Core Policies 4 and 5 of the Amended Core Strategy set out the approach to new pitch provision and the criteria for considering sites. Work on identifying future policies and allocations for Gypsy, Roma and Traveller sites is currently ongoing as part of the review of the Allocations and Development Management Development Plan Document.
What engagement has taken place on the Development Plan?
Public consultation was undertaken on the Plan Review on several occasions between 2015 and 2017. This led to the Amended Core Strategy being produced first and then more detailed consultation on the Allocations & Development Management proposals were undertaken in July – August 2019 and July – September 2021.
The results of these consultations have been used to assist with the production of the Publication Amended Allocations and Development Management Development Plan Document (DPD). The Publication DPD was subject to a period of representation and further amendments are likely to be published shortly. Documents will be available here in due course.
How can I be kept up to date when new Development Plan documents are published?
If you would like to join the mailing list to know when new Development Plan documents are published, contact the Planning Policy team and ask to be added to the mailing list.
Specific questions regarding Chestnut Lodge, Barnby Road, Planning Application
What is the status of planning policy in relation to Chestnut Lodge Barnby Road?
The emerging policies within the Publication Amended Allocations and Development Management Development Plan demonstrate a commitment by the Council to meet the need for pitches in the District and this emerging strategy seeks to allocate the application site for gypsy and traveller pitches (ref. NUA/GRT/12 for 20 pitches and a new dwelling to assist in the management and operation of new pitches (policy reference correct as at 17th August 2023)).
Only very limited weight can be attached to this emerging policy and allocation as the plan has yet to be submitted and found sound following unresolved objections to the broad Gypsy and Traveller Strategy from the publication stage.
What is a Committee Report and where can I view the report for this application?
A planning committee report sets out what the proposal is that is being considered, site context, relevant development plan policies and any other material considerations and provides a summary of the consultations and representations received. A discussion takes place which assesses the development proposal against policy and matters raised by those consulted and notified (where they are material). A recommendation is made in line with the assessment.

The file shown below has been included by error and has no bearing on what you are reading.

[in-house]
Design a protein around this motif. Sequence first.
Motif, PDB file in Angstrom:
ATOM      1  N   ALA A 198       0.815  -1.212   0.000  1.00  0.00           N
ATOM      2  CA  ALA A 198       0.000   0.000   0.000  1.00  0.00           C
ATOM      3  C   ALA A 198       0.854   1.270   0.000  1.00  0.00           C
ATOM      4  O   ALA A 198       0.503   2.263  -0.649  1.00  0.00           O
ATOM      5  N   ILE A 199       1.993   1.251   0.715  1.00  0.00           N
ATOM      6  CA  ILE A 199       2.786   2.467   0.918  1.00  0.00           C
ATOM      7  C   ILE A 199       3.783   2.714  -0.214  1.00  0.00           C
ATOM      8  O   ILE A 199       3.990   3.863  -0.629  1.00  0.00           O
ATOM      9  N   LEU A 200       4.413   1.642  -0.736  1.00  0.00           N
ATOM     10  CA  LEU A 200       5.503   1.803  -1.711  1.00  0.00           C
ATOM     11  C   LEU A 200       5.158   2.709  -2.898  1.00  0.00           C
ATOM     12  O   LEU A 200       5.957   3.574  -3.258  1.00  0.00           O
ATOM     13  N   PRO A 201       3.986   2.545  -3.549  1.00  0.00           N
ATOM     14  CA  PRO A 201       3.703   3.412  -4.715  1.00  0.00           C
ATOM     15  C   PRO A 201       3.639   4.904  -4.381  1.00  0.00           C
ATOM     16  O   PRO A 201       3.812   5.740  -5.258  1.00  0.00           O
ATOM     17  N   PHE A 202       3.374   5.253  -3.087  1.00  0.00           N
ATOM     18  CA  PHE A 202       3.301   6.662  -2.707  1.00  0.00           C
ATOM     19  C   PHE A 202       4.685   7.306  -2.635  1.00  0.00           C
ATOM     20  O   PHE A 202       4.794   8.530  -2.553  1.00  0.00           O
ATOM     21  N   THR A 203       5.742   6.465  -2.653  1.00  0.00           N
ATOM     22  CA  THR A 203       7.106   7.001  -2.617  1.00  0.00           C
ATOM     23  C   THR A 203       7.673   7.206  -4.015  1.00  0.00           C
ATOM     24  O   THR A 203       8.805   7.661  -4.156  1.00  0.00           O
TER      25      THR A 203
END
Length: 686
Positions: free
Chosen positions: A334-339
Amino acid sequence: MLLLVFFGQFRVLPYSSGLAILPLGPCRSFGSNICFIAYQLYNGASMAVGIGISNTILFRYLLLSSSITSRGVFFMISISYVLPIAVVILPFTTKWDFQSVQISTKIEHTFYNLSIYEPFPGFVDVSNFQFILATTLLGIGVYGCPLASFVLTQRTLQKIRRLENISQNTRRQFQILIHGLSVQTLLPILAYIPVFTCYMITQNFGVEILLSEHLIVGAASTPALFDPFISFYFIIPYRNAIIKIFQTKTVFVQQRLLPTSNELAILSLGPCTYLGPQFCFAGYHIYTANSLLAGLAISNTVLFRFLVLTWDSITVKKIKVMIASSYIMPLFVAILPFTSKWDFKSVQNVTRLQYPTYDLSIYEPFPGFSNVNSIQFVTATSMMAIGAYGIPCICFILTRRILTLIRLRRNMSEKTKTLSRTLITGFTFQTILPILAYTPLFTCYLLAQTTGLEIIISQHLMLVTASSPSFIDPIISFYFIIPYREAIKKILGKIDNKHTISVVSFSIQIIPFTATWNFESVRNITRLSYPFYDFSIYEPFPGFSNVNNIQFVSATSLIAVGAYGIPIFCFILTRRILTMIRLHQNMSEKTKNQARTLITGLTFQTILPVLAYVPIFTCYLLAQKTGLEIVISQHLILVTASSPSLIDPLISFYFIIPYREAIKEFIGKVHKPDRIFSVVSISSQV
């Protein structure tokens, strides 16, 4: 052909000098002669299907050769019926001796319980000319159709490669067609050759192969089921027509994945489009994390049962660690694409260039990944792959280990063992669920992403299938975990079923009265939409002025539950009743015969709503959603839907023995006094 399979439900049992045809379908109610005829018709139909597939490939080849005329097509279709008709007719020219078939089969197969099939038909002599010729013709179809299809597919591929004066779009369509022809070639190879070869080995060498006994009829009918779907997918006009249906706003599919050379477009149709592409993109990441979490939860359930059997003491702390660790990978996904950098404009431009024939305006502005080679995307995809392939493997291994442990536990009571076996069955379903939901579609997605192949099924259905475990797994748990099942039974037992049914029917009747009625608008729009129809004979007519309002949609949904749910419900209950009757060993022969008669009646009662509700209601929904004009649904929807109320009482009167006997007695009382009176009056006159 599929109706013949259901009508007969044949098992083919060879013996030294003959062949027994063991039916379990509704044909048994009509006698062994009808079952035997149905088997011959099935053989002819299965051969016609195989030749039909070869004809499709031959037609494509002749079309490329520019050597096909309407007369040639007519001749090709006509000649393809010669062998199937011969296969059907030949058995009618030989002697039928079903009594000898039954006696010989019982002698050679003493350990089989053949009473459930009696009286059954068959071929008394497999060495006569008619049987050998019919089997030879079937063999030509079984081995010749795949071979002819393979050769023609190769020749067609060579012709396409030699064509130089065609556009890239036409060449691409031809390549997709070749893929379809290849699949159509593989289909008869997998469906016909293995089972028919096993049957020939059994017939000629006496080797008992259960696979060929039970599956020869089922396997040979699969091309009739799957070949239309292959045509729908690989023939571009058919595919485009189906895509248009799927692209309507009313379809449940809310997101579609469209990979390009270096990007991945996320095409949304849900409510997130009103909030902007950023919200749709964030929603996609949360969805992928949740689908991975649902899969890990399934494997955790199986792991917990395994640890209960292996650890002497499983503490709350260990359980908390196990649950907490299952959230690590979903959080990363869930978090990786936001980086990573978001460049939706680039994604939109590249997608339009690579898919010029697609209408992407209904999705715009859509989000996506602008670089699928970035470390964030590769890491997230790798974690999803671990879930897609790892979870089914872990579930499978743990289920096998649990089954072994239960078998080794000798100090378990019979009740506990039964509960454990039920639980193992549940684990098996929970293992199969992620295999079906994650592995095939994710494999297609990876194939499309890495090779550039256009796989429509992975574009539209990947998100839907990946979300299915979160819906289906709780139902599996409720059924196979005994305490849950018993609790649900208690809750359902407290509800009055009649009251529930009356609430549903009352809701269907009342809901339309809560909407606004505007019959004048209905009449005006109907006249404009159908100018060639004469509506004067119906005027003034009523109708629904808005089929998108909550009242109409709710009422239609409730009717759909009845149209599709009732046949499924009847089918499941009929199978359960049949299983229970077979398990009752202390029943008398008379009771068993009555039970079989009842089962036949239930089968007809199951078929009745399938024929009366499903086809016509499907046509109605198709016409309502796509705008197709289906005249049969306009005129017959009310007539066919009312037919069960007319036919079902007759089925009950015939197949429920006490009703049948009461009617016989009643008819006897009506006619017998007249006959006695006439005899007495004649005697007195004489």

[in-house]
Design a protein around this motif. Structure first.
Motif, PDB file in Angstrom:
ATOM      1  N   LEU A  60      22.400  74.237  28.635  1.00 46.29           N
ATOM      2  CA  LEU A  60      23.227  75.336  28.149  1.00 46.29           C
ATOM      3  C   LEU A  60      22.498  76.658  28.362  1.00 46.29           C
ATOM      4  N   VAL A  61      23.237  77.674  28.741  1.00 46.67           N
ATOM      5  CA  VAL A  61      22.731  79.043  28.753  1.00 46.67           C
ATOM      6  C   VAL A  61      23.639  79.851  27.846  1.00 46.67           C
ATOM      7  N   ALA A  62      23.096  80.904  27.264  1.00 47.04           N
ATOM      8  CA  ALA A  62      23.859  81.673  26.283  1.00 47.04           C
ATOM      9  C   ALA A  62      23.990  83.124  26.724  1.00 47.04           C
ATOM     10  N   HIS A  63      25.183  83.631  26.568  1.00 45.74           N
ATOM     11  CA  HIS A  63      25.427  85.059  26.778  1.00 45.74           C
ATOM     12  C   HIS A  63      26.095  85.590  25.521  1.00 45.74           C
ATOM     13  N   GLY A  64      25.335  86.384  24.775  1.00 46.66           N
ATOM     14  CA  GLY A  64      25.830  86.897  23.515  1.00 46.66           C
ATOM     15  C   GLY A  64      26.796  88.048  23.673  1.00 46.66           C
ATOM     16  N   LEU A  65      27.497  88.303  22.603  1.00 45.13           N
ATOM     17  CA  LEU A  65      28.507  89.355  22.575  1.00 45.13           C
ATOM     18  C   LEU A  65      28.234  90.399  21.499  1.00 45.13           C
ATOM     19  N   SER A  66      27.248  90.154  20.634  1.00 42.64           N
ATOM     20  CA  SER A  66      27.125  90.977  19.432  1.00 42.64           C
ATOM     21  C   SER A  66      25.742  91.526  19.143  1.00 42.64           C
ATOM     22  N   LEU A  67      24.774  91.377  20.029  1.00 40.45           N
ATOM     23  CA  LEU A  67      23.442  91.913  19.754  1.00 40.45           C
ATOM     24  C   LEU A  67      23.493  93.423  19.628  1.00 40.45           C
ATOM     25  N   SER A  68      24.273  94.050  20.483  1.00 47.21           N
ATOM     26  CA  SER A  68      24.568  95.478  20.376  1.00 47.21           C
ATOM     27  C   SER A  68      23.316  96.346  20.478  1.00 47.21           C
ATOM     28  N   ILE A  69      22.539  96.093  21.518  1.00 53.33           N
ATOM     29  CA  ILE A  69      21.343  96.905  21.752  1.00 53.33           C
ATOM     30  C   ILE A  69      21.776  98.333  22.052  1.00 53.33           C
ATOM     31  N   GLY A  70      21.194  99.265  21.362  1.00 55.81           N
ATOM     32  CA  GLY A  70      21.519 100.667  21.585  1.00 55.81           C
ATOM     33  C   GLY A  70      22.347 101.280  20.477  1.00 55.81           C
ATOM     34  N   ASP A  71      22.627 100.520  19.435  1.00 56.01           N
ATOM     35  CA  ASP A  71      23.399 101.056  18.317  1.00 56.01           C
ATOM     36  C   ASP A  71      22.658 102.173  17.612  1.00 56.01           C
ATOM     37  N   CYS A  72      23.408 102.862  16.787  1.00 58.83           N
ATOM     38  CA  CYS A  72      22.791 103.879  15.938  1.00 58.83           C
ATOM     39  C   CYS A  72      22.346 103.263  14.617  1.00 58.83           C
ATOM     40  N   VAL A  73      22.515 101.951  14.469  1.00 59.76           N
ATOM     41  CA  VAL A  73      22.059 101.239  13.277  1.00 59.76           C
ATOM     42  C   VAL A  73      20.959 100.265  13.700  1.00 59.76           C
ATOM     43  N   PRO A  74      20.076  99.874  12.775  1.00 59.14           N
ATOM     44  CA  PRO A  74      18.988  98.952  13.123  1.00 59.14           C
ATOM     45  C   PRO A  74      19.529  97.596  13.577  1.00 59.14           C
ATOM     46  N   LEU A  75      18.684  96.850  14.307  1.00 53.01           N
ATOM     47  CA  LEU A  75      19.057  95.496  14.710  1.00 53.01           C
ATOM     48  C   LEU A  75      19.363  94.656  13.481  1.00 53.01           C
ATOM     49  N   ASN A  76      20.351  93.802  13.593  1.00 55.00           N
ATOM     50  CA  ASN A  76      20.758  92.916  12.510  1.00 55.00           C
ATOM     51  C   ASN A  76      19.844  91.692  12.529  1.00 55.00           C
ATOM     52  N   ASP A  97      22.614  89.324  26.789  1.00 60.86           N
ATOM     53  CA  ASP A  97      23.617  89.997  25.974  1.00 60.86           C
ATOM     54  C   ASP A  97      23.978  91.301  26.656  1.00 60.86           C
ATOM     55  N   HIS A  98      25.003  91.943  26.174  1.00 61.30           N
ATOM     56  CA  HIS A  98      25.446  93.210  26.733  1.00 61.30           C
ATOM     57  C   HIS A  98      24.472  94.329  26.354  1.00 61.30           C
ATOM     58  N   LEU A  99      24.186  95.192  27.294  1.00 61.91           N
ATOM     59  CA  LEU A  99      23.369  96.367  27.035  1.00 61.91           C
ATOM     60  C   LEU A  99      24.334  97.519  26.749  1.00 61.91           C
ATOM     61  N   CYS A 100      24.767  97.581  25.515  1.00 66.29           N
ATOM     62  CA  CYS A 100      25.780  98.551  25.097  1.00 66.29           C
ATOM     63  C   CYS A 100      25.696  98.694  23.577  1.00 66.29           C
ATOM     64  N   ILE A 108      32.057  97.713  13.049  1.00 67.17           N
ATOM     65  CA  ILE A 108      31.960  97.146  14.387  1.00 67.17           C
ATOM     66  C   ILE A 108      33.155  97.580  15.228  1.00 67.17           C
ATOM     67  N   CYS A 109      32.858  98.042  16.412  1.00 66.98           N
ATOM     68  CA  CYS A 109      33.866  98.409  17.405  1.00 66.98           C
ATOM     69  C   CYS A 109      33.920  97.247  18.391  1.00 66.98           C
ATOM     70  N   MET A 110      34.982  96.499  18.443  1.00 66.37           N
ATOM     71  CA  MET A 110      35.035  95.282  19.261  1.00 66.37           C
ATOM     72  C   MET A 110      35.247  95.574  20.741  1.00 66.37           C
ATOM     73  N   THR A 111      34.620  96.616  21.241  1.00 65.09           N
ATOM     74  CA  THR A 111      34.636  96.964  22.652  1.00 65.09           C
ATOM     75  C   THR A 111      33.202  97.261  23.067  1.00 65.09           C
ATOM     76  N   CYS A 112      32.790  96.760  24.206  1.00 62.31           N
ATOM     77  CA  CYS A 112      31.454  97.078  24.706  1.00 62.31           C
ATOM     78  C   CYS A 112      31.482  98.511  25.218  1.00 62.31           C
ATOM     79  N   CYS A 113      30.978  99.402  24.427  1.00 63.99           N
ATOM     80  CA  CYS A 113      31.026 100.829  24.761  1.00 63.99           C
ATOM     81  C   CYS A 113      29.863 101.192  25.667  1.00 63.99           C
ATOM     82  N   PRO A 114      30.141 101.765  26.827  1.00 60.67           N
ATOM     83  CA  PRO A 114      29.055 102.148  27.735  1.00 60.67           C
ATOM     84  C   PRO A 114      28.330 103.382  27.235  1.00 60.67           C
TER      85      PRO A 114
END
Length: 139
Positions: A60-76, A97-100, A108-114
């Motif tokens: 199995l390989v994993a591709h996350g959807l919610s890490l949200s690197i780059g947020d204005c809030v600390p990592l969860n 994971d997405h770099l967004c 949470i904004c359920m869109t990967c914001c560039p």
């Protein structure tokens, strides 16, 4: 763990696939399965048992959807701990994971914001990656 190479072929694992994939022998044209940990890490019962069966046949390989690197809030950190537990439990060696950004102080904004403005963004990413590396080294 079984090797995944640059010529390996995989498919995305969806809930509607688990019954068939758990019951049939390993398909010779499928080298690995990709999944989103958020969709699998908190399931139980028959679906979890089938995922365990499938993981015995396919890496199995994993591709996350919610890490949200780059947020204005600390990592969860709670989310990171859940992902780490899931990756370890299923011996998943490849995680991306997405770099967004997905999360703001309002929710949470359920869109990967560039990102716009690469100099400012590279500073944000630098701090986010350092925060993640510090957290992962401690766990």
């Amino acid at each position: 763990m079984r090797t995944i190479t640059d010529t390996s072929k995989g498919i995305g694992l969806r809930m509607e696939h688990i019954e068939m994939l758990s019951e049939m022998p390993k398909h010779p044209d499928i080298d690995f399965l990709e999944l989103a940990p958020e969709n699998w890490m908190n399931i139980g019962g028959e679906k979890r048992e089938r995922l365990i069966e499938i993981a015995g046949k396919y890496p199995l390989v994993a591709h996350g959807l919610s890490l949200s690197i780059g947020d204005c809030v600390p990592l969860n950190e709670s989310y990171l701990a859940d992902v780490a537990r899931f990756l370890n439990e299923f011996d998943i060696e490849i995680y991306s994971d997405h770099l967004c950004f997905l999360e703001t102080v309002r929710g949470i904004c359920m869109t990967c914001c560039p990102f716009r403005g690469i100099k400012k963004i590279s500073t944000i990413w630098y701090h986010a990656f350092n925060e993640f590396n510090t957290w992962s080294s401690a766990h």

The Officer Report to Committee as well as supplemental information received after the agenda (report) was published may be viewed on the Council’s website.
Why did the Planning Officer recommend approval of this application?
The Officer Report addresses all planning considerations relevant to this proposal and its location, and considers whether the development complies with planning policy. The report weighed up the proposal and came to a recommendation of approval based on a number of criteria including the unmet need of the District in relation to the provision of Gypsy and Traveller pitches.
Why could it not wait until a later Committee when all Councillors were present?
National policy within the National Planning Policy Framework requires local planning authorities to determine applications as quickly as possible, and within statutory timescales (paragraph 47).
The Council, as Local Planning Authority, undertook consultation and notified the Parish Council and local residents of the proposed development. This was in accordance with national legislation and the Council’s adopted Statement of Community Involvement, which provides 21 days for responses to be submitted. All consultation and notification timescales had passed when the application was considered by Planning Committee Members on 10 August, enabling the decision to be made within statutory timescales.
Proposals cannot be delayed to accommodate leave or other conflicts of Planning Committee Members.